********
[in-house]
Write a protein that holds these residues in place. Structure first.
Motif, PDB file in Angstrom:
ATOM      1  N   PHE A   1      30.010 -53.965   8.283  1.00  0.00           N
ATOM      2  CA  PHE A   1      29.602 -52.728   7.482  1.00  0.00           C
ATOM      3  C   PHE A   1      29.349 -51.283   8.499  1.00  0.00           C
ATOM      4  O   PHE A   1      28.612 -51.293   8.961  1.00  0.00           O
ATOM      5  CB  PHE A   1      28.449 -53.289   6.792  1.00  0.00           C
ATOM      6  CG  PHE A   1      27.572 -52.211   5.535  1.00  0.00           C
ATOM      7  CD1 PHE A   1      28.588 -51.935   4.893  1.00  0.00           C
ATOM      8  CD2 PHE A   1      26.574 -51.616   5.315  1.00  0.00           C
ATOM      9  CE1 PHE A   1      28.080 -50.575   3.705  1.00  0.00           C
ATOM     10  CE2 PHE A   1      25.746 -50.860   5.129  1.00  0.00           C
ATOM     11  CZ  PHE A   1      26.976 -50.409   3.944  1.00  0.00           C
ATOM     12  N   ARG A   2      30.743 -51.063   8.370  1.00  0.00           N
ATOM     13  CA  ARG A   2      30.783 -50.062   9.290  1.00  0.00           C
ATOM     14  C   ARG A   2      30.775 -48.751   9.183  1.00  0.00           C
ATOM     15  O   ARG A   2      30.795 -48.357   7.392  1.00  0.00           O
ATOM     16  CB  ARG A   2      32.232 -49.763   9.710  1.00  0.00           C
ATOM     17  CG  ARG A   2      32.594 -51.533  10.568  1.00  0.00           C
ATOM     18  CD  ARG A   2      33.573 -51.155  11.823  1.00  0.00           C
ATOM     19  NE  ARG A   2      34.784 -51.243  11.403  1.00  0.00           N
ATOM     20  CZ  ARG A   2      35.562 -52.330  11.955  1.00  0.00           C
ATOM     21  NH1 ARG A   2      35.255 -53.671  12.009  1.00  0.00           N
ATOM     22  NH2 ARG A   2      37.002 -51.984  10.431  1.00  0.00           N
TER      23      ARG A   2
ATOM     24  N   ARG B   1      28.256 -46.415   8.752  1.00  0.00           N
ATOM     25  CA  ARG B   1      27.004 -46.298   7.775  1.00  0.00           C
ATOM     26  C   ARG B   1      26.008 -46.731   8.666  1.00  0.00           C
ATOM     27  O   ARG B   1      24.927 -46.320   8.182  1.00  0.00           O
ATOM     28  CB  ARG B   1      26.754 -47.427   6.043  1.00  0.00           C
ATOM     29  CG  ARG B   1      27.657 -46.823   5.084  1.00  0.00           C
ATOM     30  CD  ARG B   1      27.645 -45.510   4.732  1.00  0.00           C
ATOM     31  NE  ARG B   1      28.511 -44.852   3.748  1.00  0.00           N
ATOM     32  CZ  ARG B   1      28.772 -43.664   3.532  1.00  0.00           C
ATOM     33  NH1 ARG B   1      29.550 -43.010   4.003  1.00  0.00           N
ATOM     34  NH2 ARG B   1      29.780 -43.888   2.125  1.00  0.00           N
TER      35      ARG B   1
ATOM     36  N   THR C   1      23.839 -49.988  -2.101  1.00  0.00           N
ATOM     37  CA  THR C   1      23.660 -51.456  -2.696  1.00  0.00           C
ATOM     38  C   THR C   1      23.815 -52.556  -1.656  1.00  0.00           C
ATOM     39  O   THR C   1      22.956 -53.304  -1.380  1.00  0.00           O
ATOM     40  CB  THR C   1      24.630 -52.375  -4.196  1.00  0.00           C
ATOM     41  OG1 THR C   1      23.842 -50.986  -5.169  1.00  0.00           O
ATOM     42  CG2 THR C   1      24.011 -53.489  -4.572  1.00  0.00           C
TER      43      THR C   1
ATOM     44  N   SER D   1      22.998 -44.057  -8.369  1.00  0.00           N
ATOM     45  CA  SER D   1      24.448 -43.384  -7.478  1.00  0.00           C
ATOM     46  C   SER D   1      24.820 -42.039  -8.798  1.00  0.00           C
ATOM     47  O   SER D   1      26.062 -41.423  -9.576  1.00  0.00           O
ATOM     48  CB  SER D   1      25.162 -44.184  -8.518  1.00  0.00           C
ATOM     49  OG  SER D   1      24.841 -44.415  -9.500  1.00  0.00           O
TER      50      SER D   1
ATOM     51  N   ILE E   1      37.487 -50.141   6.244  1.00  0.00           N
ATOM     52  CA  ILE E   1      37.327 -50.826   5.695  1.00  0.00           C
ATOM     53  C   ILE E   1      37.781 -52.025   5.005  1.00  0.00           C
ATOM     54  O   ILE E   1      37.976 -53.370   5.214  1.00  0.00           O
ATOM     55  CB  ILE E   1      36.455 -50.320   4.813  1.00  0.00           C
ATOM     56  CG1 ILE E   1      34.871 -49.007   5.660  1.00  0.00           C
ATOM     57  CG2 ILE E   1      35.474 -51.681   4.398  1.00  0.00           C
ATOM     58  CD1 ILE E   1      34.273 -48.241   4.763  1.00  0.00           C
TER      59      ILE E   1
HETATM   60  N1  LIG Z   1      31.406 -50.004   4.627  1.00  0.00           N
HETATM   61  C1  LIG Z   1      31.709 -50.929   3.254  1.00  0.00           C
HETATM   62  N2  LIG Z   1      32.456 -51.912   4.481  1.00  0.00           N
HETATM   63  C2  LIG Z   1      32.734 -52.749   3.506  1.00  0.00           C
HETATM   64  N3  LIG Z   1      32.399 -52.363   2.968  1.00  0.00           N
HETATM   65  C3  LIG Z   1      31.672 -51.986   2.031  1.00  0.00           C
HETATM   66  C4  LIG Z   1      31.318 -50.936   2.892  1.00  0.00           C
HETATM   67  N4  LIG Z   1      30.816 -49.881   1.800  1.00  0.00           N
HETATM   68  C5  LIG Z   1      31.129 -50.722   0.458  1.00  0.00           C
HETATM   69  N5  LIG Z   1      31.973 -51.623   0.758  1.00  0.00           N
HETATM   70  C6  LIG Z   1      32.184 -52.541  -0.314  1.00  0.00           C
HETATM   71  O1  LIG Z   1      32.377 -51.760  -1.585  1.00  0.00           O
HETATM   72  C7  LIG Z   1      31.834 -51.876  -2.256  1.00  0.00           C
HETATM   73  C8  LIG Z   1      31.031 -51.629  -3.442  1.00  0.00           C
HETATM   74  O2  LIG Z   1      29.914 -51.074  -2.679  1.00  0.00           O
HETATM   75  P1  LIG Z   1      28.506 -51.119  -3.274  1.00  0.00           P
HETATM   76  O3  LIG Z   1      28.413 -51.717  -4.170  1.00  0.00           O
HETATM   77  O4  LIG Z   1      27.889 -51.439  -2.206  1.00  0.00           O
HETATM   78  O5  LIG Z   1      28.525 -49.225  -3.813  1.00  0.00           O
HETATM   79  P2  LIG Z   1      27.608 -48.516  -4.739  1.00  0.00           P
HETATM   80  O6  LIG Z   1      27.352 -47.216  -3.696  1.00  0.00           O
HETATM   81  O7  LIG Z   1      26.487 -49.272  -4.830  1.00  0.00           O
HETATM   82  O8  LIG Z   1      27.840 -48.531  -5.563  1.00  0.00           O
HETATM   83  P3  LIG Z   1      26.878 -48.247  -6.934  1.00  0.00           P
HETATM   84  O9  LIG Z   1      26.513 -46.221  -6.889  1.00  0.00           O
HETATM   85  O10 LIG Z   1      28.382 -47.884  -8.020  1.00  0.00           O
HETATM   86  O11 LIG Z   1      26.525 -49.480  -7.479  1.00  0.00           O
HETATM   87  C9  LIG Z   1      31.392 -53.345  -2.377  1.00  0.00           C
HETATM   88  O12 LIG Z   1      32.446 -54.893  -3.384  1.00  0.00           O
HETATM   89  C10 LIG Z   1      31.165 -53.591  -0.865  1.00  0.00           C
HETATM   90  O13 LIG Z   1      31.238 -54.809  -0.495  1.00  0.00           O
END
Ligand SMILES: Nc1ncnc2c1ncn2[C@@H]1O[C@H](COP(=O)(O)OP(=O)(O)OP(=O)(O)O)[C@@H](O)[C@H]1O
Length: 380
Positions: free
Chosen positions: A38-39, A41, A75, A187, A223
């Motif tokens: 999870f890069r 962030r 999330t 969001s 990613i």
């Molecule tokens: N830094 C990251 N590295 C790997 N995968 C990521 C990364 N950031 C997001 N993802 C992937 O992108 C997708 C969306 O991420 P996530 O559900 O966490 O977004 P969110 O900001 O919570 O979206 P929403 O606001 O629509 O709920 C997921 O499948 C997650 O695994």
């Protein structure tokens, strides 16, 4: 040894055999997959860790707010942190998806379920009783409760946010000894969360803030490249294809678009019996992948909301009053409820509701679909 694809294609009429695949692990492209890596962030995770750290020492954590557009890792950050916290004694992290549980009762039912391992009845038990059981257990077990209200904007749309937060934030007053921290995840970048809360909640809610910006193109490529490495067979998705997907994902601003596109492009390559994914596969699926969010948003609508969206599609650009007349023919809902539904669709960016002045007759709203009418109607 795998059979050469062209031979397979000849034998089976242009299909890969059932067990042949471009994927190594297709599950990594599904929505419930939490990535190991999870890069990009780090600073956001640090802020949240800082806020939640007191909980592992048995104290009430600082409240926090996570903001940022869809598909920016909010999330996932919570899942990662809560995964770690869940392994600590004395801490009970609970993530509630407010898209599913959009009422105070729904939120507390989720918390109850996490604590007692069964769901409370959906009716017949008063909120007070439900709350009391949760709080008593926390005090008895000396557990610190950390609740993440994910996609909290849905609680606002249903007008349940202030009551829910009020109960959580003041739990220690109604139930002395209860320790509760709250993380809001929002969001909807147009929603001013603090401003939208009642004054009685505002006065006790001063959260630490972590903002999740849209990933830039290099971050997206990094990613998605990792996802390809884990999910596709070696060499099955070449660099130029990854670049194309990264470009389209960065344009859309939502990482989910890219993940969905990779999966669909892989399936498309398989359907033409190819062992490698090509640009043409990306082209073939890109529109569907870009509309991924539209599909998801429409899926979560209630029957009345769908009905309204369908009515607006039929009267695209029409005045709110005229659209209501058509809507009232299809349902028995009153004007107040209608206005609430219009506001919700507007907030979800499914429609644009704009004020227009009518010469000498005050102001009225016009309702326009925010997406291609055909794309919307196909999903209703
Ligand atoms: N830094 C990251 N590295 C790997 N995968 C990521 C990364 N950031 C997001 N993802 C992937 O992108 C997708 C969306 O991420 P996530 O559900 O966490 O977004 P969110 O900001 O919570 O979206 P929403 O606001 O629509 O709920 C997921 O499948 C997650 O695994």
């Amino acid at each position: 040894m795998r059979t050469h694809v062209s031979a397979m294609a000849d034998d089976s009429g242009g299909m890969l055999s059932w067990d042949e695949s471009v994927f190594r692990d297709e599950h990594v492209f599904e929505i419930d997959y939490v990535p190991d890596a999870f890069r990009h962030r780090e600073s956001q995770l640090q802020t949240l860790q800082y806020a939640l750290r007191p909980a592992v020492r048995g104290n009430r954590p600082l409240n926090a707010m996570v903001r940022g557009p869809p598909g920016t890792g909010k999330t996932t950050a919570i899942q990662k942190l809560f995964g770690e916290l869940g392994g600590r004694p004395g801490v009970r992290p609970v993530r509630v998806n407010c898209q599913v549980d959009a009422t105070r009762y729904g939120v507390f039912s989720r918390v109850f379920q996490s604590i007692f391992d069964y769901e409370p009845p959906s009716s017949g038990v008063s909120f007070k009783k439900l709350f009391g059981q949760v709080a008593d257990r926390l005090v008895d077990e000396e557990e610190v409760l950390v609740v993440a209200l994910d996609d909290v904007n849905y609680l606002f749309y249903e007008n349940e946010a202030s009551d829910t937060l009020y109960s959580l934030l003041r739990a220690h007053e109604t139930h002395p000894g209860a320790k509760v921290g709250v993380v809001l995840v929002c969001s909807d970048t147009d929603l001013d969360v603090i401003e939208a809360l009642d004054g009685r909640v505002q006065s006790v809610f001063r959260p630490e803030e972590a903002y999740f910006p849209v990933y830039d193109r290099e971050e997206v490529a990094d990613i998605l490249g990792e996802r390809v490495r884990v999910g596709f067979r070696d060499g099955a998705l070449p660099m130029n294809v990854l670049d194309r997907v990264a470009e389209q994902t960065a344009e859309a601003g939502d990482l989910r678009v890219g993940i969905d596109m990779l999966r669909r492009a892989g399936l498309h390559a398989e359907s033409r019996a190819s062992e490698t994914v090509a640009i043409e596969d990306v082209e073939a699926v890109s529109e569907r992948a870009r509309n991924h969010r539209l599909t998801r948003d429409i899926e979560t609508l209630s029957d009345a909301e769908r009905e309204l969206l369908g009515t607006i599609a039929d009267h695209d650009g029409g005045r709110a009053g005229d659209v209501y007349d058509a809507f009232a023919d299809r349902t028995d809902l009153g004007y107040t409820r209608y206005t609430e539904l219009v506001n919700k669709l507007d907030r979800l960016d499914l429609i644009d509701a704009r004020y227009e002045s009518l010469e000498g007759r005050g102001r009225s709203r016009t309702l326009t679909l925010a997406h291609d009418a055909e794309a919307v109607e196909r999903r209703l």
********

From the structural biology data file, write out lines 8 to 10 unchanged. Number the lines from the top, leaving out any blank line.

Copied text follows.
ATOM      5  CB  PHE A   1      28.449 -53.289   6.792  1.00  0.00           C
ATOM      6  CG  PHE A   1      27.572 -52.211   5.535  1.00  0.00           C
ATOM      7  CD1 PHE A   1      28.588 -51.935   4.893  1.00  0.00           C